March 20, 2018

News-Monitor Weekly local newspaper Wahpeton ND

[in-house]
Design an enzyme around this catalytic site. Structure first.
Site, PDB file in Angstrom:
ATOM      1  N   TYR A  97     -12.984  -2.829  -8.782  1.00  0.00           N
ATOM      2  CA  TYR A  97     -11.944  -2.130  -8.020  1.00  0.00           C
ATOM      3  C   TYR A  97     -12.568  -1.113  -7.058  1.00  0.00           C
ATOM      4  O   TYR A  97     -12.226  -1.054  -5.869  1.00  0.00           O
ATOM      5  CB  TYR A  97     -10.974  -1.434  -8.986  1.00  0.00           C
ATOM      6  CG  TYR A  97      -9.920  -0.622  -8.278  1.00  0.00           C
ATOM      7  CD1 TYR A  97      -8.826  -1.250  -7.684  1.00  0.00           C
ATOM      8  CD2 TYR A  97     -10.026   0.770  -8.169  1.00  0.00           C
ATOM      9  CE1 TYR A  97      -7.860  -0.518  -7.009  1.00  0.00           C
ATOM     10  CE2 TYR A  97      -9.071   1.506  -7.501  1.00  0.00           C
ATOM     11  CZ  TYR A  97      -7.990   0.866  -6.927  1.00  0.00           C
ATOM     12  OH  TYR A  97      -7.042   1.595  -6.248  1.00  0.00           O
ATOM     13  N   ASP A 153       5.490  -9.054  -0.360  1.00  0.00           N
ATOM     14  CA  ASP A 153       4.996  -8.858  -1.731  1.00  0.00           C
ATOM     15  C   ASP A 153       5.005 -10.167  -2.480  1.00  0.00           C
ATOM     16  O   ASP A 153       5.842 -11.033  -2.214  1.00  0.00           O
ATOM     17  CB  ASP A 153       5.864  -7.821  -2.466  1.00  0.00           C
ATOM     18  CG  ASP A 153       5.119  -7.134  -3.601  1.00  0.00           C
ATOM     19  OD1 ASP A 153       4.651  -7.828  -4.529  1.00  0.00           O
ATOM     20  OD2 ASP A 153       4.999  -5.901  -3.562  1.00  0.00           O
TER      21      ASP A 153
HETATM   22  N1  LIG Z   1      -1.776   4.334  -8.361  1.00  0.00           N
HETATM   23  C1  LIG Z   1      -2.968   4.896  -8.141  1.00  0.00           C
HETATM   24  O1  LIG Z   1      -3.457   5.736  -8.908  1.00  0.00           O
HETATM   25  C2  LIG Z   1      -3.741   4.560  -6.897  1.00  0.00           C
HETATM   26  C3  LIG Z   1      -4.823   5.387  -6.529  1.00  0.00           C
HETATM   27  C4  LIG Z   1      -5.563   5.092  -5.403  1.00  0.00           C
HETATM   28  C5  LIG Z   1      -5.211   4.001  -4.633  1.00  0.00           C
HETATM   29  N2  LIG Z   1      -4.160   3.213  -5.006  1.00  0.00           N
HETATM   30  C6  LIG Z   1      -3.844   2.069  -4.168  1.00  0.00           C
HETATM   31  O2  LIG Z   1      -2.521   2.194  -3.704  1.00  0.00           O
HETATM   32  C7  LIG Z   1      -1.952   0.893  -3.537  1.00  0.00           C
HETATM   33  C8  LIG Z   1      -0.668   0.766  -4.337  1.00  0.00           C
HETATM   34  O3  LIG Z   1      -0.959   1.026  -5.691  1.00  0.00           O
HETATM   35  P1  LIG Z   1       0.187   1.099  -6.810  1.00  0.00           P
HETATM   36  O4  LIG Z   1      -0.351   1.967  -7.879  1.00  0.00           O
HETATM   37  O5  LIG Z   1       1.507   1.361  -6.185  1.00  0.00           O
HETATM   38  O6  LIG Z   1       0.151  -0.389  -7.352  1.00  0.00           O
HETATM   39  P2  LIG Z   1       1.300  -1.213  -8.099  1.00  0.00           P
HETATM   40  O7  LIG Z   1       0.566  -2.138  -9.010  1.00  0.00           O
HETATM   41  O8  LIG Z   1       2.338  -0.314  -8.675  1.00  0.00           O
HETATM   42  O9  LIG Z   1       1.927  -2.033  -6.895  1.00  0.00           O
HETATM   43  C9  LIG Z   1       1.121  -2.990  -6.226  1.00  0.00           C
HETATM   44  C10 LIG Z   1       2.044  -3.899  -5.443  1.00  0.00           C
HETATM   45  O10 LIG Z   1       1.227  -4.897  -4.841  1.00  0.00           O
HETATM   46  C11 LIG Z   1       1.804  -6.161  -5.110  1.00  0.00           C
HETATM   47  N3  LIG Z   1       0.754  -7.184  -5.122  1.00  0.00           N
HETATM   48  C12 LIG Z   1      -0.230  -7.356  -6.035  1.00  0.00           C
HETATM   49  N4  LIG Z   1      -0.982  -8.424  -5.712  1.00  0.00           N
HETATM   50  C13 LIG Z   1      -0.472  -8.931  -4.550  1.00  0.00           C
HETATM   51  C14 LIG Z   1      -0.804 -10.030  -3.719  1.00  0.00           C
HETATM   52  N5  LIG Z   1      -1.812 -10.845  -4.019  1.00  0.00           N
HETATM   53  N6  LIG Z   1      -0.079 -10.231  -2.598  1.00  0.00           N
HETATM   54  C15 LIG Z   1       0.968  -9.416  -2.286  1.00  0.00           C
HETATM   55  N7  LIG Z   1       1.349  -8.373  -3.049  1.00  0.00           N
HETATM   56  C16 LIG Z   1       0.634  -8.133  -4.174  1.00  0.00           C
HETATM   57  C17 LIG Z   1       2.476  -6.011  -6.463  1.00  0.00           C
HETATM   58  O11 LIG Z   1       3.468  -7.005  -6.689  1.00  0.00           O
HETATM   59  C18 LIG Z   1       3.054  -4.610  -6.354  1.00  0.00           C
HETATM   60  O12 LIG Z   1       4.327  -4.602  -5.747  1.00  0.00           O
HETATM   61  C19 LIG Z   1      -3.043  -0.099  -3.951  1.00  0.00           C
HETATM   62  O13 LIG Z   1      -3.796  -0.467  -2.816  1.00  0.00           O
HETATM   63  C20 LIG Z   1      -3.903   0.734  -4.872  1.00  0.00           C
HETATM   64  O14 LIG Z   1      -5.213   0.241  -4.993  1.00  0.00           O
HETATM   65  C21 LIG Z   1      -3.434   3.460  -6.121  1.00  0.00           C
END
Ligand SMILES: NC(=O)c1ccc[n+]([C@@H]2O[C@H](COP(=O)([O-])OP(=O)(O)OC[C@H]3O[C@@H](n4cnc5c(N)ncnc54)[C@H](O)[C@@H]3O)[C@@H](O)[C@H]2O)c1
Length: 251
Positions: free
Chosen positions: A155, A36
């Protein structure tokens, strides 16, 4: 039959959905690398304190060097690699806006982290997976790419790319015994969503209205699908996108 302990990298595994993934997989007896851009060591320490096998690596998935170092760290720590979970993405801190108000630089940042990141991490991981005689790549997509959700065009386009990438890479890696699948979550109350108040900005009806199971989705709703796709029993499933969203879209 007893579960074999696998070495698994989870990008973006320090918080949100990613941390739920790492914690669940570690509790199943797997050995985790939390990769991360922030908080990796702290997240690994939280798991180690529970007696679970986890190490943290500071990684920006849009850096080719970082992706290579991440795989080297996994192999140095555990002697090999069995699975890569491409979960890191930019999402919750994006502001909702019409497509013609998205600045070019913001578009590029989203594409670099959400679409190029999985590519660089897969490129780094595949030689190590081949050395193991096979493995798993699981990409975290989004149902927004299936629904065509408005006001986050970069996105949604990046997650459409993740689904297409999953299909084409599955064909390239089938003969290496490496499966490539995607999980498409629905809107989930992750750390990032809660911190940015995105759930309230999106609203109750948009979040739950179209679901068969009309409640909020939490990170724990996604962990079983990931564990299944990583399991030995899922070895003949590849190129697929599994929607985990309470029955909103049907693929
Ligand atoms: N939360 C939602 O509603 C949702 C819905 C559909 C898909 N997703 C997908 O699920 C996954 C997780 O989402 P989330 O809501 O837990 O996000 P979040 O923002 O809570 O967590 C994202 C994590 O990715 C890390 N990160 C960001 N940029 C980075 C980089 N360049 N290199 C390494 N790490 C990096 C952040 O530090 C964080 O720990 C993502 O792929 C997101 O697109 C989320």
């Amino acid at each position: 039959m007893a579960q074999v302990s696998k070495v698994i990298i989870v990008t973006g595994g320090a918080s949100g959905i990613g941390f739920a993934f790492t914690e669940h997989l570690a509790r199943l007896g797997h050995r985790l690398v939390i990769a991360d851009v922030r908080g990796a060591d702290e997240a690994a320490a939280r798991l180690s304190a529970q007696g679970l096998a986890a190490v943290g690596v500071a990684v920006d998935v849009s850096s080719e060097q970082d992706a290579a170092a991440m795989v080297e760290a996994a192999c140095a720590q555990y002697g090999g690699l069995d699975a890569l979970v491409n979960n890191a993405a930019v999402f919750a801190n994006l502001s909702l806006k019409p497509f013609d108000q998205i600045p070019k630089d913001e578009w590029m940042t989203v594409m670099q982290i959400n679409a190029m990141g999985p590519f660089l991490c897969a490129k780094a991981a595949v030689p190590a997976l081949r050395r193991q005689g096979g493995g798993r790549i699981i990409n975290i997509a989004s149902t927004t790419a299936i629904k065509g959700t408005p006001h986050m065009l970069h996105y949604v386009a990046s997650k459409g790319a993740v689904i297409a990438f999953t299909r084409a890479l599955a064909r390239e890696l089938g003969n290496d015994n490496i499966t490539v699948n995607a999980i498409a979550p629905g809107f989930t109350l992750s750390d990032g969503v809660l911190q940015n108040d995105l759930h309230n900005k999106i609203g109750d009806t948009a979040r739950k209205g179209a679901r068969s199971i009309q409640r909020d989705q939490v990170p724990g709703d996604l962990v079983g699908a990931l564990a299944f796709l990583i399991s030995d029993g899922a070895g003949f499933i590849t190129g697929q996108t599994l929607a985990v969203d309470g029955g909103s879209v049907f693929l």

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Long span between appearances at State B BY FRANK STANKO The Richland 44 School Board unani- mously voted to hold a special meeting on whether to renew the contract of Superinten- dent Tim Godfrey. The board met Tues- day, March 13 and voted 6-0 to hold a special meeting and made this decision. Since Thursday, March 1, Godfrey has been on paid adminis- trative leave. Richland 44 High School Prin- cipal Bruce Anderson is serving as acting superintendent. "There are comments in (evaluations of God- frey) that we've lost the big picture items dur- ing our board meetings and he does not have the full confidence of the board," said School Board President Lisa Amundson. Amundson and the board reviewed those evaluations of Godfrey when they met Tues- day. Whether writ- ten or discussed, the comments were largely unfavorable. "I did rank Mr. Godfrey as satisfactory in human resources management," Amund- son said. "I think that many of the troubles that we've had this year have been caused somewhat by staff not following the chain of command and ap- proaching the public in- stead. I think it's unfair to blame all of that on Mr. Godfrey." Alex Jean Hankinson 2nd Grader is Week's Weather Even with warmer temperatures, chance of snow throughout the week Student Art Cares for Cancer A5, A7 Classifieds A8 Comics A9 Coming Events A5 Editorial A4 News from the Past A2 Obituaries A3 Question of the Week A2 School Calendar A6 School Menus A6 Senior Menus A6 Sports B1, B4 Worship A6 Inside Today High Low Outlook March 20 36 22 Morning snow March 21 41 22 Mostly cloudy March 22 38 25 Chance of snow March 23 39 14 Snow likely March 24 38 18 Partly sunny March 25 34 12 Cloudy March 26 38 22 Chance of snow TUESDAY, March 20, 2018 VOL. 131, NO. 12 $1.00 « Sports, page B1 Warbirds at State B Wiley flies all the way to State B Published for the Red River Valley and Charles and Penny Krause of Hankinson LIDGERWOOD SCHOOL hiring 3 full-time teachers: special education teacher K-6 or 7-12, HS/MS social studies teacher, and business teacher Todd's Welding Truck & Trailers Parts & Service is looking for a full time diesel mechanic West Birch Apts Wyndmere, ND Income based 2 BR Apts - Available now Affordable 1, 2 BED APTS in Wahpeton $379-619, some pet- friendly and garages, 701-566-8445, ext. 1 Lidgerwood Elementary School Kindergarten Roundup Wednesday March 28 5:30-6:30 p.m. (need not be present the entire time) CLASSIFIEDS ON THE COVER — SEE PAGE A8 FOR COMPLETE LISTING It has been 47 years since the 1971 Wyndmere Warriors went undefeated and won the North Dakota Class B basketball title. STORY AND PHOTO BY KAREN SPEIDEL SEE WARBIRDS, PAGE A3 UNDER PRESSURE F SECTION 199A IS A PROVISION DESIGNED TO ALLOW DAIRY AND SUGAR BEET FARMERS A TAX DEDUCTION THAT HELPS THEM OFF- SET INCOME FROM SALES TO A CO-OP Lawmakers under pressure to fix provision Editor's note: This ends a two-part series about a new tax reform law that affects farmers, agricultural cooperatives and private grain companies. On paper it looks like Section 199A favors co-ops. However, cooperative officials argue this bill only evens the playing field. BY KAREN SPEIDEL A provision in the new tax bill will provide the greatest benefit to farmers while creating the greatest problem for ethanol and private grain companies. At issue is the new 199A deduction in the tax law that — if it stands — allows farmers to claim a 20 percent deduction on all payments received on sales to cooperatives. For example, if a farmer sells $100,000 in grain to a cooperative, they could claim a $20,000 deduction on business income. Language added to the new tax law could end up causing farmers to deliver their grain and other commodities largely to cooperatives in order to gain the greatest deduction, says Arlan Suderman, chief commodities econo- mist with FCStone Inc. Co-ops argue this in- centive is good for farm- ers. They do not deny it is good for business as well. "Of course it's a good thing for a co-op. Of course it makes us more competitive," says Mat Brandenburger, opera- tions manager at Whea- ton-Dumont Cooperative Elevator, which has el- evators across the region including Hankinson and Wheaton, Minnesota. Better yet, Brandenburger says, Section 199A helps the farmer. "It is very good for the producer. That's why they set it up, to protect the producer," Branden- burger says. Section 199A was intended to safeguard a deduc- tion removed when the Tax Cuts and Jobs Act was repealed Dec. 23, 2017. Farmer-owned co-ops com- plained members would lose a so-called Section 199 system in which they qualified for the Domestic Pro- duction Activity Deduction, called a DPAD. Mem- bers of co-ops like Minn-Dak Farmers Cooperative in Wahpeton could deduct up to 9 percent of sales on their income tax. A loss of the provision could cost SEE TAX REFORM, PAGE A10 Cooperatives argue Section 199A is not unfair and corporations have own break 'For us as a co-op to be able to pass this through to the farmers, it's fantastic.' Todd Dravland Lidgerwood Farmers Co-op Godfrey's contract may not be renewed Tim Godfrey Lisa Amundson Bryan Loff SEE RICHLAND, PAGE A3 XNLV375794 Buy your tickets at Southern Red River Valley 2018 Who are the best and most ambitious young professionals in the Southern Red River Valley? The Daily News Media and News-Monitor Media will honor 20 professionals under the age of 40 by publishing a special section and hosting an awards event. Awards event will be held at City Brew Hall on Thursday, March 29, 2018 • 6 PM 120 4th St N, Wahpeton, ND 58075 Don't forget Cares for Cancer is Saturday,  March 24 at Hankinson  Community Center Lidgerwood-Wyndmere se- nior forward Wyatt Harles goes up for a two-point field goal at the State Class B. The Show Lidgerwood  and Wyndmere  have not made  it to the State  Class B since  the co-op was  formed in 2009 47 years Wyndmere hasn't  been to the State  Class B since 1971  when the Warriors  won it all BISMARCK, N.D. — Wyndmere native Ron Becker finds it hard to believe it has been 47 years since a bas- ketball team from his hometown made it to the North Dakota Class B Basketball Tournament. He may live in the Twin Cities, where he owns and operates a computer software company CP Technolo- gies, but he follows athletics here, especially this year's basketball team with the Lidgerwood-Wynd- mere Warbirds making their first appearance at the State B since forming a cooperative. From 1977 to 2003, Wyndmere never even made a regional basketball tournament. The last state tourna- ment appearance for Lidgerwood was in 1963. It has been a long dry spell since any hint of post-season basketball has been talked about in either town. "I would have thought somewhere in those years, they have had quite a number of good athletes," Becker said, who listened to each radio broadcast from state. If the Warbirds had won Thursday in the tournament opener against St. John, Becker said he likely would have made the long drive to Bismarck. Once a basketball player, always a basket- ball player. Since that night in Grand Forks, celebrations on the basketball court have been far and few between. That